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Correspondence
Letter in response to: Stark P et al Amoxycillin-clavulanate for chronic wet cough in children: cautious interpretation of study findings warranted
  1. Julie Marchant1,
  2. Helen Petsky1,
  3. Anne B Chang1,2
  1. 1Queensland Children's Respiratory Centre, Royal Children's Hospital, Brisbane, Queensland, Australia
  2. 2Child Health Division, Menzies School of Health Research, Darwin, Northern Territory, Australia
  1. Correspondence to Dr Julie Marchant, Queensland Children's Respiratory Centre, Royal Children's Hospital, Brisbane, QLD 4029, Australia; j.marchant{at}uq.edu.au

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We thank Stark and colleagues1 for comments on our paper and their interest in our recent randomised controlled trial (RCT) of amoxycillin-clavulanate compared with placebo for children with chronic wet cough,2 which as they state are a ‘group of patients that often present paediatricians with a management dilemma’ and which ‘represents a valuable contribution to the literature’. We feel it is important to clarify a few points raised.

First, the criteria used for defining chronic cough in children (>3 weeks) was at the time of the study commencement the definition of chronic childhood cough. We acknowledge following the study completion (enrolment between 2004 and 2006) that the 2006 American College of Chest Physicians (ACCP) clinical practice guidelines in paediatrics changed the cough definition to >4 weeks and the reasons for this are discussed in the ACCP guidelines.3 Irrespective of this the median duration of cough in the treatment and placebo groups were 15 and 11 weeks respectively at enrolment, making a discussion of 3 versus 4 weeks of cough as inclusion criteria irrelevant.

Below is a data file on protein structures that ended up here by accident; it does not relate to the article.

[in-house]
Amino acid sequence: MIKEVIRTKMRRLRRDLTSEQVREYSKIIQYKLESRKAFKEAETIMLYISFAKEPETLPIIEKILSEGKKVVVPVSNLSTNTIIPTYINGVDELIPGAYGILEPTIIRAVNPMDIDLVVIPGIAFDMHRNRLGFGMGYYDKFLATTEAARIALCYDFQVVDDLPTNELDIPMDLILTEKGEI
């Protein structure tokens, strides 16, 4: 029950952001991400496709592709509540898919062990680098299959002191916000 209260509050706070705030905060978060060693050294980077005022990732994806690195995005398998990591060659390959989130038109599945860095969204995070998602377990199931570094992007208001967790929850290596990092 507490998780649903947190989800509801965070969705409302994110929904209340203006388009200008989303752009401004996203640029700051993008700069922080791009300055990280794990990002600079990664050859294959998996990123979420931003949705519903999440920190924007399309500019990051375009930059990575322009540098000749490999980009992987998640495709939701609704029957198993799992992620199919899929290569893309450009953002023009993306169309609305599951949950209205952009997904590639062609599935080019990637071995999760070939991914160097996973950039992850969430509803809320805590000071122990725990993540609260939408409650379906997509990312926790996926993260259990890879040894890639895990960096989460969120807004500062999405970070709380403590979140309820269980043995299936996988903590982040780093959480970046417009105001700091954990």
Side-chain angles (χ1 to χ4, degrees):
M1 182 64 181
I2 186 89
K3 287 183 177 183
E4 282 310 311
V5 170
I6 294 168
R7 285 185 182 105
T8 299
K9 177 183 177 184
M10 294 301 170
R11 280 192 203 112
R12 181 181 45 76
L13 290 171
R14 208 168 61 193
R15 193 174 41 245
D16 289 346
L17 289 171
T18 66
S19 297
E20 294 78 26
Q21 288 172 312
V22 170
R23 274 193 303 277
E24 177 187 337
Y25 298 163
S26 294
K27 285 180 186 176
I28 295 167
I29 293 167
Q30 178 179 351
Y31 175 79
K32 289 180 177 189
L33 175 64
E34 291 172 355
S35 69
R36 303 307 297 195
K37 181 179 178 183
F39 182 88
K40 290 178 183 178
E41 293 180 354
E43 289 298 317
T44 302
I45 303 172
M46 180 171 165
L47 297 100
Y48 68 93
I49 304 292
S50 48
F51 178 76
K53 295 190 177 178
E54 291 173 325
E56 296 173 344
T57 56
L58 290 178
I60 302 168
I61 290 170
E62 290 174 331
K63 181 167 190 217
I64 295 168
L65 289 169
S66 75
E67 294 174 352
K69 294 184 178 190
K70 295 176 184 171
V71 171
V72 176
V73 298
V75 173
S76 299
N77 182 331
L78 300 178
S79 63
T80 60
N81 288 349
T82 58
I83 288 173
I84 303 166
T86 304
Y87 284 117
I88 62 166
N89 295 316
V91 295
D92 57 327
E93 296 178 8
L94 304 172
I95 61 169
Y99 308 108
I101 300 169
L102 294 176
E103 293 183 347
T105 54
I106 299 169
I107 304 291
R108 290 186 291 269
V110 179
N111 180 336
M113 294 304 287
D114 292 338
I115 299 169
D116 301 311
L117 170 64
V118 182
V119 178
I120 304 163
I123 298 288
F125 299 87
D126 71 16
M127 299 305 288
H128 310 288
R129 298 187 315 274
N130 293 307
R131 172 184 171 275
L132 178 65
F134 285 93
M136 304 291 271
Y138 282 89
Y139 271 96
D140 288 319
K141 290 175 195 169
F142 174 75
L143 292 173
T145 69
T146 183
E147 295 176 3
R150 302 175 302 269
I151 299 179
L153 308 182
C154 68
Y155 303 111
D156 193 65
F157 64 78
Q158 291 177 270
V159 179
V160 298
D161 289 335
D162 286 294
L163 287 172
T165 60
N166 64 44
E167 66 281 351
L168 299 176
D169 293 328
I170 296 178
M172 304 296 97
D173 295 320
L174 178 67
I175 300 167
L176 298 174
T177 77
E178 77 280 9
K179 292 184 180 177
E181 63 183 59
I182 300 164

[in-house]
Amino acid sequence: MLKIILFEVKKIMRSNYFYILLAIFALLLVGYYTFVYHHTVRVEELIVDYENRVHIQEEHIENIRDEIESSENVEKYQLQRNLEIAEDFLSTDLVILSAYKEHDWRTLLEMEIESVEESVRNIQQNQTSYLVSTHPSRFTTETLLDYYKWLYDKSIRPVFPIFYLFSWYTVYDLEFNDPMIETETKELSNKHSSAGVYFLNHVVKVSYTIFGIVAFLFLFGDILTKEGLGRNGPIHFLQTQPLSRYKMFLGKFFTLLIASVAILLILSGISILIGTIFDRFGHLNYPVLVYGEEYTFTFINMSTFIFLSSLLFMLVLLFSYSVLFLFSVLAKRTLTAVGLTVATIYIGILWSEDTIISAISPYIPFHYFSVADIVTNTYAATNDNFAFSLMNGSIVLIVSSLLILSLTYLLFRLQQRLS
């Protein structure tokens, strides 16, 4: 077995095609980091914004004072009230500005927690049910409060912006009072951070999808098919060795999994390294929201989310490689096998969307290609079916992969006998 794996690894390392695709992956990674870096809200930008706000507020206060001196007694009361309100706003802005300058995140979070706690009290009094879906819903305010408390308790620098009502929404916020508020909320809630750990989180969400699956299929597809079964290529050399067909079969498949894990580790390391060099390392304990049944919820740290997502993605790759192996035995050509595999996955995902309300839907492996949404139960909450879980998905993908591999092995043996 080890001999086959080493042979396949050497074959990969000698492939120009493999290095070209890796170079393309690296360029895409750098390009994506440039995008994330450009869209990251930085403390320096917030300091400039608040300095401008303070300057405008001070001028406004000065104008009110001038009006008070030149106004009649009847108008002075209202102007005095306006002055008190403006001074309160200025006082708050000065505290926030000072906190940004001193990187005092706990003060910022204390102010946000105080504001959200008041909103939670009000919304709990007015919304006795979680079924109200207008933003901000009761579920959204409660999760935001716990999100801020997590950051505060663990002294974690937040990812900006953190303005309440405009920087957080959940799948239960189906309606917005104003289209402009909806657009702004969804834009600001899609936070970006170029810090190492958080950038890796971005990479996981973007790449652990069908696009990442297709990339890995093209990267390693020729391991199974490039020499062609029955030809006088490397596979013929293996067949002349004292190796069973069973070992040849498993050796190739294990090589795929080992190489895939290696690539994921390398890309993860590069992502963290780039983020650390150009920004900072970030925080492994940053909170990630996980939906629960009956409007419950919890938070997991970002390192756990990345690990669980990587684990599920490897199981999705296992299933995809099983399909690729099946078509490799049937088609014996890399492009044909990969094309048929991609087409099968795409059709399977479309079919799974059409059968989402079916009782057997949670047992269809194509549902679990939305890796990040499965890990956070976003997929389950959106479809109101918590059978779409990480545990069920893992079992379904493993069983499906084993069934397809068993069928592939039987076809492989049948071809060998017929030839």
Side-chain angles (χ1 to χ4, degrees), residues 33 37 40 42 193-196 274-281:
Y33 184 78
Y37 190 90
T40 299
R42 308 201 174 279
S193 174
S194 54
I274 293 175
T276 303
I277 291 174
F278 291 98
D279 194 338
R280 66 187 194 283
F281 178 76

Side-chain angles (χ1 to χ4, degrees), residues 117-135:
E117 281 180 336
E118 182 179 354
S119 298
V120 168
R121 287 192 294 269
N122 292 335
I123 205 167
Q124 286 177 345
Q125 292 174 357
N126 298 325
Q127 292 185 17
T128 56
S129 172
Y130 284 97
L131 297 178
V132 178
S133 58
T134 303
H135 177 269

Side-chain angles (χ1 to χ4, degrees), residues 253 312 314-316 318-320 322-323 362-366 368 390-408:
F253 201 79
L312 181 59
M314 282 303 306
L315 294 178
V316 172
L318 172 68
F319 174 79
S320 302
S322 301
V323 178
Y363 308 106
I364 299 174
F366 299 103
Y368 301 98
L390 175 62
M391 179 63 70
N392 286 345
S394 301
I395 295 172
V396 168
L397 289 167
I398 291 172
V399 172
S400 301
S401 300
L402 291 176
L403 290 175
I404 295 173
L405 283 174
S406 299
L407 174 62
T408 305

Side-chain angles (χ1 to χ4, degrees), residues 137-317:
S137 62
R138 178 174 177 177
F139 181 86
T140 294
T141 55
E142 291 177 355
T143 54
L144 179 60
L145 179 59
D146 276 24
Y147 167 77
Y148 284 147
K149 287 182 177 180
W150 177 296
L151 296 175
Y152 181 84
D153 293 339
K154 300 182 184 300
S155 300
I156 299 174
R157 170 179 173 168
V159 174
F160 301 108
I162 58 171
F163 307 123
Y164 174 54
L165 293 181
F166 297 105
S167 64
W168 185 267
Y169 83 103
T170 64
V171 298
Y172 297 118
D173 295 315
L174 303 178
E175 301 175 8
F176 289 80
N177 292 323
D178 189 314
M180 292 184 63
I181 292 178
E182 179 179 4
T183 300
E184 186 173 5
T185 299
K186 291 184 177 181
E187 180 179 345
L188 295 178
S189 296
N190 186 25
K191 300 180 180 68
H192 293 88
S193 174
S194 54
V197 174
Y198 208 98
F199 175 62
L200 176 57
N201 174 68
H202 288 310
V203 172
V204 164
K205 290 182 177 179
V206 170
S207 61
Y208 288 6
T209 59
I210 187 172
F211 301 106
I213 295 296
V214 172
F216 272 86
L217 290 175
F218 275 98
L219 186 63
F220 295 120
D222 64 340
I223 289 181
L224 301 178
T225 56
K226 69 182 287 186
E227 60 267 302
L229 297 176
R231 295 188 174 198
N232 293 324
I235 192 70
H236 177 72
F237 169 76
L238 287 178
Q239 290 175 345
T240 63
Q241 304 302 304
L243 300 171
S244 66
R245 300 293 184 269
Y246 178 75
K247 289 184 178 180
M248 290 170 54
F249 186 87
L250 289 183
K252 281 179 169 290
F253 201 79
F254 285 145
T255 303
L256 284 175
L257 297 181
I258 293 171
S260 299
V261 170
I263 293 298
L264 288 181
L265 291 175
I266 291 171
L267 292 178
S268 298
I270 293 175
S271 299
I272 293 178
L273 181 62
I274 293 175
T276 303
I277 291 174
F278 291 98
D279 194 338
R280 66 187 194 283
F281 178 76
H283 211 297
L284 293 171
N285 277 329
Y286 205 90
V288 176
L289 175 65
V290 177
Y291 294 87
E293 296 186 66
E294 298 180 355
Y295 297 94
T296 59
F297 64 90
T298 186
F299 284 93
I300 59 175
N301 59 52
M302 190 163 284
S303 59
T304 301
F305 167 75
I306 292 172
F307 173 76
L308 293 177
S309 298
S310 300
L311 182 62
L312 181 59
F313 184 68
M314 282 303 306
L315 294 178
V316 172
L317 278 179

Stark and colleagues argue that the verbal category descriptive score (VCD) is not the correct outcome measure to use and that cough resolution would be more appropriate. The VCD score has been used extensively in children of all ages and has been previously validated.4 As stated in the article, and shown in figure 3 and table 2, the children who improved had a cough score of 0.0 which indicates total cough resolution. The definition of primary outcome was cough resolution defined as >75% reduction in cough score for at least 3 days. While this may be argued as incomplete resolution, our a priori definition (as previously used5) is far better than just using a reduction in cough score. Further, a VCD score of 1 represents ‘cough for one or two periods only’ without any effect on daytime function.

As stated in the manuscript ‘follow-up over a period of months’ was not available in this cohort as it was not study design. Children can always have another episode of coughing illness and the issue of recurrent protracted bacterial bronchitis (PBB) should indeed be examined. We have since begun following a similar group of patients, with PBB, prospectively over a number of years and look forward to being able to shed further light on the long-term outcome of these children.

We agree with Stark et al that antibiotic therapy is not without implications. This manuscript is a RCT specifically designed to assess the efficacy of short-term antibiotic therapy in children with chronic wet cough. Current therapeutic guidelines recommend antibiotic treatment based on Cochrane review, prospective6 and retrospective7 observational studies. This study is the first double-blind RCT to support these recommendations and provides the first high-level evidence for the inclusion of antibiotics in paediatric cough-specific guidelines as treatment for chronic wet cough and PBB.

References

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Footnotes

  • Contributors JM drafted manuscript. AC and HP edited and collaborated on ideas.

  • Funding ABC is funded by an Australian National Health and Medical Research Council Practitioner Fellowship (grant number 545216).

  • Competing interests None.

  • Provenance and peer review Commissioned; internally peer reviewed.

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